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My coworkers and I cannot seem to agree on a solution to the following issue:

We are working on moving our application to the .net framework. It will be a standalone application (not a web application) that will consist of many custom forms used for making changes to our extensive database. So, in summary, without a database connection, the application is pretty much useless. Oh--and there's no need to suggest making this a web application because there is really no choice in the matter.

I am responsible for building the "main menu"--I've decided on a tree structure that will list all the custom forms (categorized by team). It will also include a "My Forms" section and a "Recent Forms" section that will be changed by the user (my forms) and the system (recent forms) on a regular basis.

My question is this: what is the best place for storing these custom user-specific-settings? An XML file located locally or in tables located database? Maybe it's because I'm a former web app developer but I'm totally for having this stored on the database. What do y'all think?

Thanks for your opinions

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Thanks all for your help. Unfortunately we're going with the xml approach as a result of a group vote. – Alex Apr 29 '09 at 21:16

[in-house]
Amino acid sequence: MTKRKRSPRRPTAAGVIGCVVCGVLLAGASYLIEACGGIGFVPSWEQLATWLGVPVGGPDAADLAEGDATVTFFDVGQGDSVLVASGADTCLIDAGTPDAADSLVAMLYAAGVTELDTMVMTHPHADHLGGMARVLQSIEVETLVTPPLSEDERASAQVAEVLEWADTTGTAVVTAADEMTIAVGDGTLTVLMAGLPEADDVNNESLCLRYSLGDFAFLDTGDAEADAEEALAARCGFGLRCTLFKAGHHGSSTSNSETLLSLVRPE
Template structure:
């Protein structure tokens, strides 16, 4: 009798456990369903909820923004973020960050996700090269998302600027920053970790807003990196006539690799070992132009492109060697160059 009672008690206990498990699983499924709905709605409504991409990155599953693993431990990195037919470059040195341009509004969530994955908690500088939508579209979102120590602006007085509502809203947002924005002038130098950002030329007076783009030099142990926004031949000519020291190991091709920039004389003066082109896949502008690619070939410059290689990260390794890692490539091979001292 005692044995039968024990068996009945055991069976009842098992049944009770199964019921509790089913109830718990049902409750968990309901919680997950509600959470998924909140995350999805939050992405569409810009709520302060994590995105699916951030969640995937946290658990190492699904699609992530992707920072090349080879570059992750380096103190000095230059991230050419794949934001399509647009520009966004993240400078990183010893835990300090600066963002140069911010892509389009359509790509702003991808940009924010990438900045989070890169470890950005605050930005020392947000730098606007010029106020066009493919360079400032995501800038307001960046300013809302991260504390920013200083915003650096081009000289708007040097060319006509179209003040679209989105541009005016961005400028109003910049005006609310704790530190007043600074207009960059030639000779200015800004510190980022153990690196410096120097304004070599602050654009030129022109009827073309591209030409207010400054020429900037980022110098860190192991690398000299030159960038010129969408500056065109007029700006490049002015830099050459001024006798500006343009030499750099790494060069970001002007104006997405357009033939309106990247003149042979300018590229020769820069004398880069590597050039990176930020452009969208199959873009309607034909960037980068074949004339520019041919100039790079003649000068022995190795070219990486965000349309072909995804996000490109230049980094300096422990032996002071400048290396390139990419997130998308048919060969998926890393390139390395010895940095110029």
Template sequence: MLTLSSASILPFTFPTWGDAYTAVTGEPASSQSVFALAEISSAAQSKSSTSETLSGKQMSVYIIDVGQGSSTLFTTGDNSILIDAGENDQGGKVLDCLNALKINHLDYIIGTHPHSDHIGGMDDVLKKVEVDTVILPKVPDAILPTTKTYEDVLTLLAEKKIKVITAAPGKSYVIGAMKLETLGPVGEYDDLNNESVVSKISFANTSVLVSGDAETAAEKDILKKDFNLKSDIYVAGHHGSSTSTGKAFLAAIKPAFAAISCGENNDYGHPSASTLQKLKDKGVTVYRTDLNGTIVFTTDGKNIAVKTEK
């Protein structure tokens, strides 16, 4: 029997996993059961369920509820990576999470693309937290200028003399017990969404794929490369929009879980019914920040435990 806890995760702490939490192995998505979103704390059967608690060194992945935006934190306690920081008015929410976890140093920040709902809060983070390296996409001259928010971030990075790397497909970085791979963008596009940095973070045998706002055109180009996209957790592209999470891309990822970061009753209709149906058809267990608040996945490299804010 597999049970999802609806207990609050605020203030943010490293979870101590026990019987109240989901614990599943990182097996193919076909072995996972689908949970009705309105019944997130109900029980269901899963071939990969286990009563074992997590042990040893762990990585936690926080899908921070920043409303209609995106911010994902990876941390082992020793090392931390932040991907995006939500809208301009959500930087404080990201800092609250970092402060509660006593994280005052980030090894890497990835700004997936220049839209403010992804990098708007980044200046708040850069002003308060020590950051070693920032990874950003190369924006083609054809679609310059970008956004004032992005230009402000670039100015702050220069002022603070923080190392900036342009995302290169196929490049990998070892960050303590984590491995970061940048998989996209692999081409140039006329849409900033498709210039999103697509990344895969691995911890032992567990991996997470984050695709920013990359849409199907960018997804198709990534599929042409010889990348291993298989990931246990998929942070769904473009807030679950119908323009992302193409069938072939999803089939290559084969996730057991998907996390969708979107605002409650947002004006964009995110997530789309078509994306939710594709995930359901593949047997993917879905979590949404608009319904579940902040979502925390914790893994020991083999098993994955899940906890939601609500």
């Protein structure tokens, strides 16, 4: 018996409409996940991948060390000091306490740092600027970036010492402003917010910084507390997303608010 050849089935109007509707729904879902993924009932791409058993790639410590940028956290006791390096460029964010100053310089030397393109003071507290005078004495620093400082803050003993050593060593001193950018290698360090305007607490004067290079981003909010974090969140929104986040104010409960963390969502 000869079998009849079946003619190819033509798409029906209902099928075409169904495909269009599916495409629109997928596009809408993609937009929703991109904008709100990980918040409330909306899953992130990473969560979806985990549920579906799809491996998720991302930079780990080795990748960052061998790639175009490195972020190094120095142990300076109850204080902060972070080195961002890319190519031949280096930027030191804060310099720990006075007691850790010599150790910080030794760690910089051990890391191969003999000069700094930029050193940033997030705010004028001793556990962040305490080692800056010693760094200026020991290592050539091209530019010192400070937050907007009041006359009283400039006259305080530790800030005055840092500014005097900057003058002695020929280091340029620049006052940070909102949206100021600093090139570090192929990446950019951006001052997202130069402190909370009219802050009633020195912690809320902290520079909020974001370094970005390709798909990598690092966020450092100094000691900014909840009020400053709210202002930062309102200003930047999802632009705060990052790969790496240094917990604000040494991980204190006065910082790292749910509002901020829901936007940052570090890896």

I couldn't think of a better way to decide. Maybe you could get them to store the xml file in the database! :) – Joshua Belden Apr 30 '09 at 4:00
up vote 3 down vote accepted

If the user can function without the database they should be a local xml file. If the app requires the database to be functional, I'd add them to the database. Why add some new concept to the app, just keep storage of data in a single place. Your app will be able to run with lower privileges as well. If you're using the asp.net membership model (yes, for the desktop app) then you'll be able to take advantage of the profiling.

I vote database!

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Another advantage of keeping them in the database is that when the user logs in to your application from another computer, all of their settings will be preserved. If they are stored on the local machine, moving to another machine would cause them to lose their settings.

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It can be troublesome to mix user settings and user data in the same storage location.

  • This approach will basically double the number of times the database structure has to change.
  • If there is a bug in the settings code, there is a chance to corrupt/lose user data which is much more serious than corrupting/losing a user setting.
  • If the user wants to move or back up their data, the settings are also carried with it.

I would advise against keeping the settings in the database.

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